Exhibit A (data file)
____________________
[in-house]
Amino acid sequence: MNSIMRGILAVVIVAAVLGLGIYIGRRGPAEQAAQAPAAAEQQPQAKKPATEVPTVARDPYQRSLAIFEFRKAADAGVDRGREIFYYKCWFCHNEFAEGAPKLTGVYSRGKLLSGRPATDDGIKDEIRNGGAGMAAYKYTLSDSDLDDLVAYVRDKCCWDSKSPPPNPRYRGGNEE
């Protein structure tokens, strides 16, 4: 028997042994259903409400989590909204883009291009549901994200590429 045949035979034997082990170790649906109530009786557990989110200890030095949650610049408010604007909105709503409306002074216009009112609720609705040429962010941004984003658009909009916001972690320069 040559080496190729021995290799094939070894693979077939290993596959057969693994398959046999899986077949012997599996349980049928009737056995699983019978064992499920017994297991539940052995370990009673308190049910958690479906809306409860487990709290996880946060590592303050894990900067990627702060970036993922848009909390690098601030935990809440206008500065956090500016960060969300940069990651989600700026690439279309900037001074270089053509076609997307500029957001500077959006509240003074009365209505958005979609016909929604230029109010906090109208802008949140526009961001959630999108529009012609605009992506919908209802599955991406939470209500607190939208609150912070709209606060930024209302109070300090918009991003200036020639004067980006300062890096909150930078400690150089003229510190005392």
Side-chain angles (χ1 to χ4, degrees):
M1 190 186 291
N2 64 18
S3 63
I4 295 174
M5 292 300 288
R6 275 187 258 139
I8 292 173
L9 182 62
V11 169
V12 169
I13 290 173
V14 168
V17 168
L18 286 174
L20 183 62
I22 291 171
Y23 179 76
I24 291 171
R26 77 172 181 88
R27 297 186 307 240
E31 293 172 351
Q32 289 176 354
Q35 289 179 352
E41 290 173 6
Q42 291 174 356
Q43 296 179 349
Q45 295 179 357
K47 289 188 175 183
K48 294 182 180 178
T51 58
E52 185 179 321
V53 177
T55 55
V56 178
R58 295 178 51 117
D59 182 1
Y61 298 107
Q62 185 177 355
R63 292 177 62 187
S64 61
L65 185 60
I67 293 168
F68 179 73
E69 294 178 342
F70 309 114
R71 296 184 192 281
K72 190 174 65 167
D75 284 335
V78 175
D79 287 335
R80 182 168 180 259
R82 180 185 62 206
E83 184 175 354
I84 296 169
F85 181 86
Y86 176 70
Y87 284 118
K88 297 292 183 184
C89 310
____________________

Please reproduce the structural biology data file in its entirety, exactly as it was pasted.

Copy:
[in-house]
Amino acid sequence: MNSIMRGILAVVIVAAVLGLGIYIGRRGPAEQAAQAPAAAEQQPQAKKPATEVPTVARDPYQRSLAIFEFRKAADAGVDRGREIFYYKCWFCHNEFAEGAPKLTGVYSRGKLLSGRPATDDGIKDEIRNGGAGMAAYKYTLSDSDLDDLVAYVRDKCCWDSKSPPPNPRYRGGNEE
């Protein structure tokens, strides 16, 4: 028997042994259903409400989590909204883009291009549901994200590429 045949035979034997082990170790649906109530009786557990989110200890030095949650610049408010604007909105709503409306002074216009009112609720609705040429962010941004984003658009909009916001972690320069 040559080496190729021995290799094939070894693979077939290993596959057969693994398959046999899986077949012997599996349980049928009737056995699983019978064992499920017994297991539940052995370990009673308190049910958690479906809306409860487990709290996880946060590592303050894990900067990627702060970036993922848009909390690098601030935990809440206008500065956090500016960060969300940069990651989600700026690439279309900037001074270089053509076609997307500029957001500077959006509240003074009365209505958005979609016909929604230029109010906090109208802008949140526009961001959630999108529009012609605009992506919908209802599955991406939470209500607190939208609150912070709209606060930024209302109070300090918009991003200036020639004067980006300062890096909150930078400690150089003229510190005392």
Side-chain angles (χ1 to χ4, degrees):
M1 190 186 291
N2 64 18
S3 63
I4 295 174
M5 292 300 288
R6 275 187 258 139
I8 292 173
L9 182 62
V11 169
V12 169
I13 290 173
V14 168
V17 168
L18 286 174
L20 183 62
I22 291 171
Y23 179 76
I24 291 171
R26 77 172 181 88
R27 297 186 307 240
E31 293 172 351
Q32 289 176 354
Q35 289 179 352
E41 290 173 6
Q42 291 174 356
Q43 296 179 349
Q45 295 179 357
K47 289 188 175 183
K48 294 182 180 178
T51 58
E52 185 179 321
V53 177
T55 55
V56 178
R58 295 178 51 117
D59 182 1
Y61 298 107
Q62 185 177 355
R63 292 177 62 187
S64 61
L65 185 60
I67 293 168
F68 179 73
E69 294 178 342
F70 309 114
R71 296 184 192 281
K72 190 174 65 167
D75 284 335
V78 175
D79 287 335
R80 182 168 180 259
R82 180 185 62 206
E83 184 175 354
I84 296 169
F85 181 86
Y86 176 70
Y87 284 118
K88 297 292 183 184
C89 310